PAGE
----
@include('layouts.navigation')

          <!-- Page Content -->
          <main>
              {{ $slot }}
          </main>
      </div>
+     @livewireScripts
  </body>

A Livewire Component

Let's create a Livewire component. This component is just going to be a button. The button will dispatch an event that tells the global notification to display a notification!

Run the following to create a component:

php artisan livewire:make ClickyButton

This will generate the following files:

  • resources/views/livewire/clicky-button.blade.php
  • app/Http/Livewire/ClickyButton.php

Let's see the clicky-button.blade.php file first, it's simple:

<div>
    <button
        wire:click="tellme"
        class="rounded border px-4 py-2 bg-indigo-500 text-white"
    >
        Tell me something
    </button>
</div>

Just a button! Clicking the button calls function tellme. We'll have a corresponding function tellme in our PHP Livewire component ClickyButton.php:

<?php

namespace App\Http\Livewire;

use Livewire\Component;

class ClickyButton extends Component
{
    public function tellme()
    {
        $messages = [
            'A blessing in disguise',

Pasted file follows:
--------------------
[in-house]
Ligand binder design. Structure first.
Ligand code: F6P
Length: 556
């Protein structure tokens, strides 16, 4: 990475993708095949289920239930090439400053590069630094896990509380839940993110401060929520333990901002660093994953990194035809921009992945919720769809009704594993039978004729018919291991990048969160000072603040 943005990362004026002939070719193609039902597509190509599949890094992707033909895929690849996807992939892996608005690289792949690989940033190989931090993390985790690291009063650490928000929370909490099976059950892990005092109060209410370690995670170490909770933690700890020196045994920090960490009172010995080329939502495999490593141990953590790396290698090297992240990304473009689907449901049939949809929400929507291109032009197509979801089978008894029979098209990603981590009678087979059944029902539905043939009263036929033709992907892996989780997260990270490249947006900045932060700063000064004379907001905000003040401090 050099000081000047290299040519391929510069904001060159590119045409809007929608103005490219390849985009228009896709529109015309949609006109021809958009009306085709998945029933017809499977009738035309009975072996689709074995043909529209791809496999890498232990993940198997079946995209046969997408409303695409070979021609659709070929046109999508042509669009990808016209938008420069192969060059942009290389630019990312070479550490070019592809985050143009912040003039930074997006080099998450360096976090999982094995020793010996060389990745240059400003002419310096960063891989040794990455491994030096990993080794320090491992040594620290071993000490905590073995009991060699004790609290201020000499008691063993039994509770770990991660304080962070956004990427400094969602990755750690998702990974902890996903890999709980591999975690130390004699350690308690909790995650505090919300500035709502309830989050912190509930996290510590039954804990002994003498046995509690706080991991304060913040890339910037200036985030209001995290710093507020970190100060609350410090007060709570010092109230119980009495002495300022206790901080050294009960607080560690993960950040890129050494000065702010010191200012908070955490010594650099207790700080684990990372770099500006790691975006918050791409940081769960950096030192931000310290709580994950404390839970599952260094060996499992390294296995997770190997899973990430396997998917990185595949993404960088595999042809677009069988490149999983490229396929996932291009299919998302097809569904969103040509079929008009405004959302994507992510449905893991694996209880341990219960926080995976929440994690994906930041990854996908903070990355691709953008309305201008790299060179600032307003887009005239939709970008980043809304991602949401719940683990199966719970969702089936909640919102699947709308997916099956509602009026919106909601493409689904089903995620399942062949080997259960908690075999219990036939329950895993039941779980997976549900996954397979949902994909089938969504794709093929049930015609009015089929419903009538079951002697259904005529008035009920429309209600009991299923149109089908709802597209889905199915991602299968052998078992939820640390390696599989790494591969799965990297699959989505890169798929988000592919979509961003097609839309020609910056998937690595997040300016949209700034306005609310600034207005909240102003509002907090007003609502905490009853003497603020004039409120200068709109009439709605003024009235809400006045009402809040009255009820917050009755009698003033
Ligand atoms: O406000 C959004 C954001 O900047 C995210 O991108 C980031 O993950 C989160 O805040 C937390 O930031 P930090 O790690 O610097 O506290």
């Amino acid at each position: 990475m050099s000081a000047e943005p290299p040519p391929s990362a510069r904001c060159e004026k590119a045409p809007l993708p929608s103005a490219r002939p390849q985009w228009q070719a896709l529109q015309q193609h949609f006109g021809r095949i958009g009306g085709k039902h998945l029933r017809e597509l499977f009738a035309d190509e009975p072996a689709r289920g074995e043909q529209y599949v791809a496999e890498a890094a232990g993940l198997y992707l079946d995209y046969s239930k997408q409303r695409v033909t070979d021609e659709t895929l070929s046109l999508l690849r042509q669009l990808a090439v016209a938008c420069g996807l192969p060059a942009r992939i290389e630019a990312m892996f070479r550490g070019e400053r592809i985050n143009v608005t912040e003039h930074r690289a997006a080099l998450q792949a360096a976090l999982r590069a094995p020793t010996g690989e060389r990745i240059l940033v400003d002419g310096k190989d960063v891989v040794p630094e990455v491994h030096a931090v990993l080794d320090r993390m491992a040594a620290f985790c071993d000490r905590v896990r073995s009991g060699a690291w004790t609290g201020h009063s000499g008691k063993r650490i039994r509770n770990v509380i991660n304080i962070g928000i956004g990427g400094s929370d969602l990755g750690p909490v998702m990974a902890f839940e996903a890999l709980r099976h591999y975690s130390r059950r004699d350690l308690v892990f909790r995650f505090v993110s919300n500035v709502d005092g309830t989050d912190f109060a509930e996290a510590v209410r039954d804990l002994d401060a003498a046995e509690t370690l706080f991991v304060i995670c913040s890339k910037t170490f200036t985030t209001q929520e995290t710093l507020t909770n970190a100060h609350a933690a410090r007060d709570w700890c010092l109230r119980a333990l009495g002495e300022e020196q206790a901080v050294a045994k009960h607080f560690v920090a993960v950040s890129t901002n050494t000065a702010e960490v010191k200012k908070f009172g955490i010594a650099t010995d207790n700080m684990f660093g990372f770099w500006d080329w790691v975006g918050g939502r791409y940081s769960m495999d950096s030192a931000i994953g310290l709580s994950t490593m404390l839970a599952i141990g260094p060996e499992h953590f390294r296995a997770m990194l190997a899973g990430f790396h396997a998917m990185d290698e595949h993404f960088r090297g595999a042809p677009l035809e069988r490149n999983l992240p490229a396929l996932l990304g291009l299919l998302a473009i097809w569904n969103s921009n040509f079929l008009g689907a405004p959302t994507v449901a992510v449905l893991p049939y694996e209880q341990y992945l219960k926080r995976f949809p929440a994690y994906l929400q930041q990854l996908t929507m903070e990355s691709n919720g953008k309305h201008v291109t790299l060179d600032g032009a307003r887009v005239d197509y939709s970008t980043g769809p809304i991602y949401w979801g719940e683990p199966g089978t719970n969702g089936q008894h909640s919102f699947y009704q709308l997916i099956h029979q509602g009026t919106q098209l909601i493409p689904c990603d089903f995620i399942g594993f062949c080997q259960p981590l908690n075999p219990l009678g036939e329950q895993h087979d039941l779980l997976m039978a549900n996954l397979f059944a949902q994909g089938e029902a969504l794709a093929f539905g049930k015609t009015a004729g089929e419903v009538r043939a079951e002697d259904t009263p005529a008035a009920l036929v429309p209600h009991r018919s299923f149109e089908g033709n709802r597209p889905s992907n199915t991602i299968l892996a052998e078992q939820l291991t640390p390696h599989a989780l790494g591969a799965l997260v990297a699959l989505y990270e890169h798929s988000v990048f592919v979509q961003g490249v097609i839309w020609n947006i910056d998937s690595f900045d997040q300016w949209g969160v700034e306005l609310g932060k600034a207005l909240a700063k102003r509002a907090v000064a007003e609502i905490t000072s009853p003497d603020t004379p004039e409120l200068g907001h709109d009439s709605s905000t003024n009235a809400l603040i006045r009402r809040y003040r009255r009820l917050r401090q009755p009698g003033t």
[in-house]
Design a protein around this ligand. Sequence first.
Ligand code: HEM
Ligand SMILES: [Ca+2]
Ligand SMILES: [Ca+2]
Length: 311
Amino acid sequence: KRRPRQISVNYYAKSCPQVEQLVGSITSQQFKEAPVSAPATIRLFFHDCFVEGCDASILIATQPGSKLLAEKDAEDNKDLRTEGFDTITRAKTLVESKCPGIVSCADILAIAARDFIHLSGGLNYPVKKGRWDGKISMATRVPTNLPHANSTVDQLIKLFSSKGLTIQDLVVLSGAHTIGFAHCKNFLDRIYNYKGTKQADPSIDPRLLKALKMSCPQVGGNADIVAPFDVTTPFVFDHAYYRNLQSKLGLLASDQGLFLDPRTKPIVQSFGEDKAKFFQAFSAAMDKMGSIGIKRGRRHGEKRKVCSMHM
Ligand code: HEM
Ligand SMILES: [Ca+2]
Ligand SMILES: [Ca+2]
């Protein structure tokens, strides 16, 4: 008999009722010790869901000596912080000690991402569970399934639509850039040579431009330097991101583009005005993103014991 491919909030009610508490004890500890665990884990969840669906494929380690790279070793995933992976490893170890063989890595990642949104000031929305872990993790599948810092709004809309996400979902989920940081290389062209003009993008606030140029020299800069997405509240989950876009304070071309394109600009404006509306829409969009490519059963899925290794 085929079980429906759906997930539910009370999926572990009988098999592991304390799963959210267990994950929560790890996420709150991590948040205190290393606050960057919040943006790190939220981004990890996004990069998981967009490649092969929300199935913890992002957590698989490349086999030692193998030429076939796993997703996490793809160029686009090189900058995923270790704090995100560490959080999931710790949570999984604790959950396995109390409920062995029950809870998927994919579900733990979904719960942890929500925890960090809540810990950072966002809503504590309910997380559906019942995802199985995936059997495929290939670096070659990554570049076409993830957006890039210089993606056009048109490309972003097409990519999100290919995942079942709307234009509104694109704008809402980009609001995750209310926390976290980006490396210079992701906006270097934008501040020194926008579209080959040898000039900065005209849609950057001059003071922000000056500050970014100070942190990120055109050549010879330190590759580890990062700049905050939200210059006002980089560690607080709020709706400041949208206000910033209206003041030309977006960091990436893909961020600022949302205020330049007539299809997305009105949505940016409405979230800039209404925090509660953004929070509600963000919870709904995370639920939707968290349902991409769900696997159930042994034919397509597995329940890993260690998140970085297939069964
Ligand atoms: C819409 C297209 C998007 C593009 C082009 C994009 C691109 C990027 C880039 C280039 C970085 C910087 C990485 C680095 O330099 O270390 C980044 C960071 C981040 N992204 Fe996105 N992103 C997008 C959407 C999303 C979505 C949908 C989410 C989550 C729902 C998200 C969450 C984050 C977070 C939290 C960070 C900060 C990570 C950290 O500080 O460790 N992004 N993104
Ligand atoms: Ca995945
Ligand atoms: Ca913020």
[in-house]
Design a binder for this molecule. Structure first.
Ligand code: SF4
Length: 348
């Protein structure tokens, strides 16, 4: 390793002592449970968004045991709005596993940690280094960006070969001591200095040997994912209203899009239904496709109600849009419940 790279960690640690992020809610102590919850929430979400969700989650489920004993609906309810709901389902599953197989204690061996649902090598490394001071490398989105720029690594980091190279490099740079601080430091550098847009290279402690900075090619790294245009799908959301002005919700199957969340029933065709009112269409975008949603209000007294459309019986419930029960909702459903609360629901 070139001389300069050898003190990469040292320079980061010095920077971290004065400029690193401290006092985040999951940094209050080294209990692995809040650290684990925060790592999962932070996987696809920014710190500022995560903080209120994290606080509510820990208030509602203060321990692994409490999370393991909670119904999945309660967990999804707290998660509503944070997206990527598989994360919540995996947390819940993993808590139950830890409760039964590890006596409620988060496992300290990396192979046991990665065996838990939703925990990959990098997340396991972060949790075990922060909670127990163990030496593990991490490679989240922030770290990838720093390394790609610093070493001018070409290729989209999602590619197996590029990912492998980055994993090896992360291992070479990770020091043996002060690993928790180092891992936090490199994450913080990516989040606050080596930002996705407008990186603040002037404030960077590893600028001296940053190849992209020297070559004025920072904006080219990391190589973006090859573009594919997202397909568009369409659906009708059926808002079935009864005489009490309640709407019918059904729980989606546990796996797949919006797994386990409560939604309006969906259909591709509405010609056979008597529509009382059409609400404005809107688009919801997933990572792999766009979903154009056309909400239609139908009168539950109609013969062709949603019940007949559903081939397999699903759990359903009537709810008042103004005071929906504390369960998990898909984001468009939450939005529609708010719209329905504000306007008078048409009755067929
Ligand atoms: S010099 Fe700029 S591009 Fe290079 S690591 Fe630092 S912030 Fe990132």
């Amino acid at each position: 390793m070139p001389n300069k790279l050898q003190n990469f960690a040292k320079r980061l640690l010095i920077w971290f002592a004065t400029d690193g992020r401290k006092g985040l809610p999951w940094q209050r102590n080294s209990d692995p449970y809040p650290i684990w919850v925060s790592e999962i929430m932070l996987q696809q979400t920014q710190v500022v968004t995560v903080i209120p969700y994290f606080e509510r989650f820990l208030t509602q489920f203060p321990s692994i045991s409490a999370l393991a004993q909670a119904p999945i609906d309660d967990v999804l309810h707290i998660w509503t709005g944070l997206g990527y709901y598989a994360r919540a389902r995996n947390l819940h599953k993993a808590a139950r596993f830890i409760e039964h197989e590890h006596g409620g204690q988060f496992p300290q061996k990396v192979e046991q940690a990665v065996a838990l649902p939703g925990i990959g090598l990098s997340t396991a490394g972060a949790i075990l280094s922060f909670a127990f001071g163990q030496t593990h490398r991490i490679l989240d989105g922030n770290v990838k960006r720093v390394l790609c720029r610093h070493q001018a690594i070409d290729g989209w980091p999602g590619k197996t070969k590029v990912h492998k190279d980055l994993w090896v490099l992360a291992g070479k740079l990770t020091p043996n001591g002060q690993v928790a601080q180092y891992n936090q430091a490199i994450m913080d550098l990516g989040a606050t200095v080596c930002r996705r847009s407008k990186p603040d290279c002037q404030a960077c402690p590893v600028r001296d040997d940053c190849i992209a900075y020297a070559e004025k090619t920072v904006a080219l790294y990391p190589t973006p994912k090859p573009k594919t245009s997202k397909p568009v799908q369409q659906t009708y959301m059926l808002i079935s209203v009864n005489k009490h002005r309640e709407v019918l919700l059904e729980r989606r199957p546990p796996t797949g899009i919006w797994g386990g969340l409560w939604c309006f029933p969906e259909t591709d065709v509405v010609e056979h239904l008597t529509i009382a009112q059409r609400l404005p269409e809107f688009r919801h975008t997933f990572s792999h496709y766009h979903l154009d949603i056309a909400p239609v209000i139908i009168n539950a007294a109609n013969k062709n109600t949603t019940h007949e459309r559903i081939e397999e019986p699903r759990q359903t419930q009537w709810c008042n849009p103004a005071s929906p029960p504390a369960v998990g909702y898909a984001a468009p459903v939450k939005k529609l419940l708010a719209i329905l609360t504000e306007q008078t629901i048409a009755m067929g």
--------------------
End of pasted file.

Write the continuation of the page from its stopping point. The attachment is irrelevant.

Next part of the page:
'Bite the bullet',
            'Call it a day',
            'Easy does it',
            'Make a long story short',
            'Miss the boat',
            'To get bent out of shape',
            'Birds of a feather flock together',
            "Don't cry over spilt milk",
            'Good things come',
            'Live and learn',
            'Once in a blue moon',
            'Spill the beans',
        ];


        $this->dispatchBrowserEvent(
            'notify', 
            $messages[array_rand($messages)]
        );
    }

    public function render()
    {
        return view('livewire.clicky-button');
    }
}

Clicking the button tells PHP to run tellme(). The tellme() function picks a message at random and returns it. In reality you'd have a set message to use in response to a user action, but our example here is a bit contrived.

Sending Notifications

Livewire does a lot of magic where JavaScript appears to call server-side code, and visa-versa.

One neat bit of magic: We can tell PHP to fire off a client-side event! Livewire will fire that event, and regular old JavaScript can listen for it.

We did just that in our component:

$this->dispatchBrowserEvent('notify', $message);

This fires an event notify, with data $message.

Since Livewire is doing some HTTP round trips already, that event data piggybacks on the response. Livewire's client-side code sees that the response contains and event, and dispatches it.